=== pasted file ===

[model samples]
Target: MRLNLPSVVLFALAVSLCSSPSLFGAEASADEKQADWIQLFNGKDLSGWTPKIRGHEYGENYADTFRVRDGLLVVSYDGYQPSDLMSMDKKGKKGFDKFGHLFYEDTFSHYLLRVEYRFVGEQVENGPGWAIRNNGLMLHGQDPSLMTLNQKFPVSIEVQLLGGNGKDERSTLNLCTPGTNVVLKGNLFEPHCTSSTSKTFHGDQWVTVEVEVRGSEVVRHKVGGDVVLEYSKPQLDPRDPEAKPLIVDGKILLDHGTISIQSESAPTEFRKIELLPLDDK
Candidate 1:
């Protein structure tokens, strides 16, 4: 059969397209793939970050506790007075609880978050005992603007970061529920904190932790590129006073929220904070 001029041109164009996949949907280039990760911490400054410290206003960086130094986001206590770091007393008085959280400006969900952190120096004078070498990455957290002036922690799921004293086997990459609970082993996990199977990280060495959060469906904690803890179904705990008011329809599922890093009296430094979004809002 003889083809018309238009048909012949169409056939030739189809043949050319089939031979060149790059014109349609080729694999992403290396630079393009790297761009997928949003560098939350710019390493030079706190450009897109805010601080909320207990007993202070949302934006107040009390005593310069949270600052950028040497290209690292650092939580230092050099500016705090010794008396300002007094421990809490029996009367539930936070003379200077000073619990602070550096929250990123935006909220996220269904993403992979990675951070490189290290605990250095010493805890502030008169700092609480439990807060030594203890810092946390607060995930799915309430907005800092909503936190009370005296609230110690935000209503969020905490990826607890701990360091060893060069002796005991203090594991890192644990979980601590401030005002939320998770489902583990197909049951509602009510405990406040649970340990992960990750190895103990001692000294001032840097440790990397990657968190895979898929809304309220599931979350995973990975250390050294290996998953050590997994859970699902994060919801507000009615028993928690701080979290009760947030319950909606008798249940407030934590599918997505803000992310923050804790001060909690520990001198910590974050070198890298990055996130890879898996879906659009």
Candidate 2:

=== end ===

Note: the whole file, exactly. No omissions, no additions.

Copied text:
[model samples]
Target: MRLNLPSVVLFALAVSLCSSPSLFGAEASADEKQADWIQLFNGKDLSGWTPKIRGHEYGENYADTFRVRDGLLVVSYDGYQPSDLMSMDKKGKKGFDKFGHLFYEDTFSHYLLRVEYRFVGEQVENGPGWAIRNNGLMLHGQDPSLMTLNQKFPVSIEVQLLGGNGKDERSTLNLCTPGTNVVLKGNLFEPHCTSSTSKTFHGDQWVTVEVEVRGSEVVRHKVGGDVVLEYSKPQLDPRDPEAKPLIVDGKILLDHGTISIQSESAPTEFRKIELLPLDDK
Candidate 1:
């Protein structure tokens, strides 16, 4: 059969397209793939970050506790007075609880978050005992603007970061529920904190932790590129006073929220904070 001029041109164009996949949907280039990760911490400054410290206003960086130094986001206590770091007393008085959280400006969900952190120096004078070498990455957290002036922690799921004293086997990459609970082993996990199977990280060495959060469906904690803890179904705990008011329809599922890093009296430094979004809002 003889083809018309238009048909012949169409056939030739189809043949050319089939031979060149790059014109349609080729694999992403290396630079393009790297761009997928949003560098939350710019390493030079706190450009897109805010601080909320207990007993202070949302934006107040009390005593310069949270600052950028040497290209690292650092939580230092050099500016705090010794008396300002007094421990809490029996009367539930936070003379200077000073619990602070550096929250990123935006909220996220269904993403992979990675951070490189290290605990250095010493805890502030008169700092609480439990807060030594203890810092946390607060995930799915309430907005800092909503936190009370005296609230110690935000209503969020905490990826607890701990360091060893060069002796005991203090594991890192644990979980601590401030005002939320998770489902583990197909049951509602009510405990406040649970340990992960990750190895103990001692000294001032840097440790990397990657968190895979898929809304309220599931979350995973990975250390050294290996998953050590997994859970699902994060919801507000009615028993928690701080979290009760947030319950909606008798249940407030934590599918997505803000992310923050804790001060909690520990001198910590974050070198890298990055996130890879898996879906659009």
Candidate 2: